Zhou and Tong used a linear trend as well, but over the much longer time period. So basically they assumed that anthropogenic climate change in 1856 was of the same order of magnitude as in 2011. Below I will repeat their analysis but instead of a linear trend I use the time-evolution of the CO2 concentration, neglecting other greenhouse gases and aerosols which to some degree level out.

Original and replicated Figure 1b of Zhou and Tong with a pre-defined shape of CO2 concentration for the anthropogenic influence in the replicated data instead of a linear trend. The correlation coefficient between modeled and measured temperature is 0.95.

The difference with Zhou and Tong is clear: the acceleration of anthropogenic warming is stronger. Interesting is that in both approaches indicate no halting of anthropogenic warming after 2000; the prevalence of La Nina’s cancel out the anthropogenic forcing.

1940-1970 standstill
What is even more interesting is that the 32 and 50 year trend is still substantially lower than reported earlier. In other words, according to this simple analysis part of the 1970-2000 warming was due to the upswing of AMO. Similarly, the 1940-1970 flat temperature may have been the result of the downswing of AMO canceling the greenhouse gas warming. This provides in my opinion a more elegant explanation than the aerosol explanation most commonly used, but more research is needed to better pinpoint whether this is true.

If we were to convert the CO2 concentration to radiative forcing (RF) using the well established formula RF = 5.35 * ln(CO2 / CO2pre-industrial) and put this in the MLR, the slope for RF is 0.42 degree C warming per unit W/m2. A doubling of CO2 is 3.7 W / m2 so combining these numbers yields a transient climate sensitivity of 0.42 * 3.7 = ±1.5 degrees C. Clearly, these are not much more than back of the envelope calculations but still valuable.



  • It is important to include AMO in any regression analysis to deduce the warming trend as shown by Zhou and Tung
  • The outcome of this exercise is highly dependent on the assumed shape of the anthropogenic signal. If we assume that the anthropogenic influence is not linear then anthropogenic warming is accelerating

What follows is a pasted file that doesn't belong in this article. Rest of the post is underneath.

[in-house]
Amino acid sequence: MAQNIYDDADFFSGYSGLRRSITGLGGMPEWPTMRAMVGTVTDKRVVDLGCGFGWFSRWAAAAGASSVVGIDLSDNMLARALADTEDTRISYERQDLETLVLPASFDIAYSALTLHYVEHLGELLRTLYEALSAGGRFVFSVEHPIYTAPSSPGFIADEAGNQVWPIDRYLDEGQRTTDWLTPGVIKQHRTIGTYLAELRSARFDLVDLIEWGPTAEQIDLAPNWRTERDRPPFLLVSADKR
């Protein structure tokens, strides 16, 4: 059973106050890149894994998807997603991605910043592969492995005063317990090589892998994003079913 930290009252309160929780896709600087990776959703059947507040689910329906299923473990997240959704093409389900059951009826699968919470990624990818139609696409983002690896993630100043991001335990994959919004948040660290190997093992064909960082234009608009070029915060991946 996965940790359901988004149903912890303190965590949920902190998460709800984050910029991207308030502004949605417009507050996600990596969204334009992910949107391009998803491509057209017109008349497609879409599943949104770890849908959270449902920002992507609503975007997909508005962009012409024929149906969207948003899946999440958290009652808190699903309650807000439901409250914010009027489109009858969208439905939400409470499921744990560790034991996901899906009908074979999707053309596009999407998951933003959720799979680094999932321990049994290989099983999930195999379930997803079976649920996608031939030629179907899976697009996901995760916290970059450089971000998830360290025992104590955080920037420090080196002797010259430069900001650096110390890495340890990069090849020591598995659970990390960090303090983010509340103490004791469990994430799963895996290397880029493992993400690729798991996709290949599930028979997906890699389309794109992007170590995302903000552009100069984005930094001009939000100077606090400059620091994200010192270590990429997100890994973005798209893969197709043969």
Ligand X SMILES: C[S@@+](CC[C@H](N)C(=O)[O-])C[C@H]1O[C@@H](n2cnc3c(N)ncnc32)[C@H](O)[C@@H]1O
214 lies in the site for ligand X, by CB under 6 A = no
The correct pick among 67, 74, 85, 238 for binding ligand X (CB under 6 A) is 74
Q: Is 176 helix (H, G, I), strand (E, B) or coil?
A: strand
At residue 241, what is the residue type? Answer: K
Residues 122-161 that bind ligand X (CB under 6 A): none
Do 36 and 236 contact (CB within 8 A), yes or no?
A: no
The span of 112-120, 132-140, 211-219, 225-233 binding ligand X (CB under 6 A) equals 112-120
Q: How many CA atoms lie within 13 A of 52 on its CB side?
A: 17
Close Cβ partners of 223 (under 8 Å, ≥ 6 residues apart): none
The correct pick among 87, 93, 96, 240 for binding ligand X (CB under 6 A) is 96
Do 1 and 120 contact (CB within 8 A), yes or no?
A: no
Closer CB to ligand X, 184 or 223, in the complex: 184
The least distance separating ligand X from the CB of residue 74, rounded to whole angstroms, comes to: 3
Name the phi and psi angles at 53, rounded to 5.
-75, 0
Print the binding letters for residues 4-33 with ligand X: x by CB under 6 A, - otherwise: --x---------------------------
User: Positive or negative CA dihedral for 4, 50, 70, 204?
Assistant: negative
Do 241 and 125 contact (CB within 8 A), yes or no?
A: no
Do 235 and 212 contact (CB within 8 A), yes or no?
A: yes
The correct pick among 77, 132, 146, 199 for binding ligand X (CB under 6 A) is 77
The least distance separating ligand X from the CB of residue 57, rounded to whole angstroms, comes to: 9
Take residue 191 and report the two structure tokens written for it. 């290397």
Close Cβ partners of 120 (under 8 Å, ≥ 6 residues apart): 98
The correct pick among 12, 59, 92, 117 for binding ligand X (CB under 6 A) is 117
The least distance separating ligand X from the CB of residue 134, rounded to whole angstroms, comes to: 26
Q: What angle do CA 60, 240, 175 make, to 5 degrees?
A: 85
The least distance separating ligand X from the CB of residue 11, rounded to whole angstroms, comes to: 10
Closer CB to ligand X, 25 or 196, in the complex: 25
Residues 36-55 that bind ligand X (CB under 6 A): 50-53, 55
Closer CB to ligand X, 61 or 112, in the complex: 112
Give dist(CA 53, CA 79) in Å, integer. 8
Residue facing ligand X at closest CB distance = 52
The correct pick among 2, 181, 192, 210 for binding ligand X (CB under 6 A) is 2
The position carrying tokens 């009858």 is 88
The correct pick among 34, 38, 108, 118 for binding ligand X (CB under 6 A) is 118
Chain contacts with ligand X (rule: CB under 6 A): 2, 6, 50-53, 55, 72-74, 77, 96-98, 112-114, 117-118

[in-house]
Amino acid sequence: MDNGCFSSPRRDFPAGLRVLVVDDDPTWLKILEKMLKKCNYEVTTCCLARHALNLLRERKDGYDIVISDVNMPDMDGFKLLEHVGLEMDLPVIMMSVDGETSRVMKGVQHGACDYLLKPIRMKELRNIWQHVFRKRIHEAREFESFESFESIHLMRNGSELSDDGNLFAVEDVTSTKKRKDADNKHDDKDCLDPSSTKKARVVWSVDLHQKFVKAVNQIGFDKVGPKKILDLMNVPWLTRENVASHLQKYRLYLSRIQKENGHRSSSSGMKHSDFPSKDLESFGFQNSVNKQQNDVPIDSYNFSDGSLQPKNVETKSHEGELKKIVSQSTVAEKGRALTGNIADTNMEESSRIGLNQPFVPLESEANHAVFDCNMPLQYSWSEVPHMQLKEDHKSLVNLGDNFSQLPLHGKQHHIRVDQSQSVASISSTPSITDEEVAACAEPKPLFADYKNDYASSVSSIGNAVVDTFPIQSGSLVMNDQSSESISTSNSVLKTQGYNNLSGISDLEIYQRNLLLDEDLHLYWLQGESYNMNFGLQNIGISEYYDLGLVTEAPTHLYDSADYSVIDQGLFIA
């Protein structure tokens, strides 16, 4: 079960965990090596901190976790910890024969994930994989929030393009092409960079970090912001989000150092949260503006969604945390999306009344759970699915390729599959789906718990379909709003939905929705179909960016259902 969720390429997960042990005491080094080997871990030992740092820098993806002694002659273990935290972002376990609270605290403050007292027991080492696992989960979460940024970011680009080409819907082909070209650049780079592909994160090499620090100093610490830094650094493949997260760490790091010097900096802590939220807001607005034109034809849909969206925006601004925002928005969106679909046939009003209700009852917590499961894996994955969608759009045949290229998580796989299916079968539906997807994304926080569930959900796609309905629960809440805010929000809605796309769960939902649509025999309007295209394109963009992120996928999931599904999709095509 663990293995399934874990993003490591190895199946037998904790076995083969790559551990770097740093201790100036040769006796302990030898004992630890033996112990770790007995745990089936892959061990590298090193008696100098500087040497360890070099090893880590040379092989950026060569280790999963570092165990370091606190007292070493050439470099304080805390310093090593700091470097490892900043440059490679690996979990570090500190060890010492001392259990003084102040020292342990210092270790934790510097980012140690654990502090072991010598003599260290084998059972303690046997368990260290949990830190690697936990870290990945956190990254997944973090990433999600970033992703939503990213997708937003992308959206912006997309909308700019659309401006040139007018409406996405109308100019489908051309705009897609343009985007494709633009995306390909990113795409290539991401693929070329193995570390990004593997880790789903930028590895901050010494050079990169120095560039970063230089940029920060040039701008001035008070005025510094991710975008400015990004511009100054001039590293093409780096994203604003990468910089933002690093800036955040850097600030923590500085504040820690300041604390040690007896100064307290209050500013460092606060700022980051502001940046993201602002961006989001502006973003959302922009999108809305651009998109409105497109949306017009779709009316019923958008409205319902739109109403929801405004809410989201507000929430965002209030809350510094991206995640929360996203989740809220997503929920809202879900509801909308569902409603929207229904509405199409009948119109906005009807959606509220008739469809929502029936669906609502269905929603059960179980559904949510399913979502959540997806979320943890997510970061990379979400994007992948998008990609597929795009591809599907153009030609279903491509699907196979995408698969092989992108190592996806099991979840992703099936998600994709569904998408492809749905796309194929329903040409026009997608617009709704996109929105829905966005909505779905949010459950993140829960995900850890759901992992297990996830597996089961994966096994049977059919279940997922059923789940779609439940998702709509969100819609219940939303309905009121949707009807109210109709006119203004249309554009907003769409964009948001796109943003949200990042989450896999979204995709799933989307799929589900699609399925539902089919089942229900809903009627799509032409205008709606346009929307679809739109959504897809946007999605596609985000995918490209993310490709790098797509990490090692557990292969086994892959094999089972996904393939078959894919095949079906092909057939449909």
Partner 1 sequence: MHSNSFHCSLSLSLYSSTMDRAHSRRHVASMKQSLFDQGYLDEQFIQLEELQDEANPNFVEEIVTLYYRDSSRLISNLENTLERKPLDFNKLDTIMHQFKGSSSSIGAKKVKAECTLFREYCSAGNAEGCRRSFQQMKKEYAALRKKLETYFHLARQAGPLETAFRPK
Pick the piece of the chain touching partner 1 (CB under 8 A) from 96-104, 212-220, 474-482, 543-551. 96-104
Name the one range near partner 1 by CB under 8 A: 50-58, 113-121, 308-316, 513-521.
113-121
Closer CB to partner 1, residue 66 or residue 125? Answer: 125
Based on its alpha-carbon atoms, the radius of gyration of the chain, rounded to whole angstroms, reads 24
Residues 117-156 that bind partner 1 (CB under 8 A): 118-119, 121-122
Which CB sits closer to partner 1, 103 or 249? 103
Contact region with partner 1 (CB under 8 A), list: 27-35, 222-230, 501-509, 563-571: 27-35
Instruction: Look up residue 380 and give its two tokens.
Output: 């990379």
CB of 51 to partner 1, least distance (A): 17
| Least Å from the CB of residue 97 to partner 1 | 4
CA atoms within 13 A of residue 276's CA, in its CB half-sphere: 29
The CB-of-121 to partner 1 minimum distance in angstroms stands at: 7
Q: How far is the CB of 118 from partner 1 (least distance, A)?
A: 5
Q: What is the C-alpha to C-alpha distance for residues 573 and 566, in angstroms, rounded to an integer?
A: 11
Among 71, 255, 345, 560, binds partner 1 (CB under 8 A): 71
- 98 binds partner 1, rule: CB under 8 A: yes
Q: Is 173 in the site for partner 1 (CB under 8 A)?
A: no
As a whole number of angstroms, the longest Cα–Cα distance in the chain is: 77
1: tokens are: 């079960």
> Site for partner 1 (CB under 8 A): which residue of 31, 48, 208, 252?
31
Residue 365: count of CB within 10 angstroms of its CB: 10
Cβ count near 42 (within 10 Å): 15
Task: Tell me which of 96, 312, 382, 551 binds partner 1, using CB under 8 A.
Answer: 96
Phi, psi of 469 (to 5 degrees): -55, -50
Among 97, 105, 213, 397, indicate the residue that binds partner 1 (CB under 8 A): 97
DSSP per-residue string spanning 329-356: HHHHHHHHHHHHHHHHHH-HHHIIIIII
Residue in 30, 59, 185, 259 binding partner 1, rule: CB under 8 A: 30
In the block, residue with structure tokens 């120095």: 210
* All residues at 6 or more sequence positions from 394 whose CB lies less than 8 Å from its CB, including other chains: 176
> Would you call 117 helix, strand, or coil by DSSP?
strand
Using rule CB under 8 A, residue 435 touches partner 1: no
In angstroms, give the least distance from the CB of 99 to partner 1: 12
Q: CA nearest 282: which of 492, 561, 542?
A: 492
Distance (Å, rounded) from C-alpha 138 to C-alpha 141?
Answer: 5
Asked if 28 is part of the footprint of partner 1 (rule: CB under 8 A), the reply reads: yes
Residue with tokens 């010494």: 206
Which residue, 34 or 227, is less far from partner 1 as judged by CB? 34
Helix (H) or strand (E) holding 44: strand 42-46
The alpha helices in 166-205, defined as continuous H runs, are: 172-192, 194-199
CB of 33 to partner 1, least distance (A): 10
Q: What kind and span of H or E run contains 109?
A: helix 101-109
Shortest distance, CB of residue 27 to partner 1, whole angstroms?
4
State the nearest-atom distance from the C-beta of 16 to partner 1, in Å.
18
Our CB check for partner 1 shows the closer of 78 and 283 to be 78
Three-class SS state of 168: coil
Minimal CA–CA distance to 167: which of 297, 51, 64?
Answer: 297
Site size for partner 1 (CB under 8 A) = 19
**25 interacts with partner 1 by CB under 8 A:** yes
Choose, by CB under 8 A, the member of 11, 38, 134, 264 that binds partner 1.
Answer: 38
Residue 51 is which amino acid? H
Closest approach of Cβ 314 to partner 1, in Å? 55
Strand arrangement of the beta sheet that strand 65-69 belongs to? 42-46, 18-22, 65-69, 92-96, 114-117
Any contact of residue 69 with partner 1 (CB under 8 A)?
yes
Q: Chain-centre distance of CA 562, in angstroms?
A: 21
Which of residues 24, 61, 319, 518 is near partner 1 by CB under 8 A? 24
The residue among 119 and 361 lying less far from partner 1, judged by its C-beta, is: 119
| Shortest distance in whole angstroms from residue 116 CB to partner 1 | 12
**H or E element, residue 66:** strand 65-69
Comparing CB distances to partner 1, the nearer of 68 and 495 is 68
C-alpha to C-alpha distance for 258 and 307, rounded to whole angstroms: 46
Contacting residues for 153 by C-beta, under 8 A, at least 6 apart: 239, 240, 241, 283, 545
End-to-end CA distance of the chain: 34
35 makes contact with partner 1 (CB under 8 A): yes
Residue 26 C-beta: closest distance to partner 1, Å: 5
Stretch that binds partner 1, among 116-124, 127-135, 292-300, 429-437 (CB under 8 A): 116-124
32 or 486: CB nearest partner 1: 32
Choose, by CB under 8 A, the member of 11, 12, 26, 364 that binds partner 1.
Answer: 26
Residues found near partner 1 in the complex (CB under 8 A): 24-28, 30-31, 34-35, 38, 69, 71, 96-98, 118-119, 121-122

• The climate sensitivity of the system seems lower than the usually assumed values, although this also depends on the time period covered in the MLR
  • Anthropogenic warming has not stopped in 2000 or so, this result is independent of the assumption on the shape of the anthropogenic influence in the MLR


Major uncertainties in this approach are related to:

  • The temperature record, which is in the 19th and first part of the 20th century based on a limited number of stations
  • The anthropogenic influence on AMO; we simply used the detrended values but accounting more precisely for the anthropogenic impact may give different results
  • And of course the shape of the anthropogenic influence. A linear influence seems unjustified, but the CO2 concentration as a proxy as I did is not perfect either
  • For the calculation of the transient climate sensitivity the relative role and time evolution of other greenhouse gases than CO2 and aerosols is crucial.
  • And anything else I overlooked, please respond!

32 comments to Is the AMO the explanation for the 1940-1970 temperature standstill?

  • Jos Hagelaars

    Hello Guido,

    Very nice investigation of the Zhou-Tung article. I didn’t do the mathematics or read their paper (paywall), so I take your word for it that they used a linear anthropogenic trend from 1856. That would be rather silly.

    I think you jump to conclusions in stating that the AMO is a better explanation for the 1945-1970 standstill than aerosols are. Humanity has produced a lot of sulfur dioxide the last century which increased quickly after WW2. See for instance figure 3a in
    Physics tells us that aerosols do have an influence on incoming solar light (Mie scattering) and indirect effects, like cloud formation. Therefore they can’t be excluded in an analysis over the past century.

    I did some multiple regression in the past on GISTEMP (monthly values) starting in 1900, using TSI, stratospheric aerosols, Nino 3.4 index and the sum of GHG’s and tropospheric aerosol forcings of Giss. If I include the AMO index from KNMI (based on HadSST2 minus the global warming signal), the R2 of the regression only shows a very minor improvement.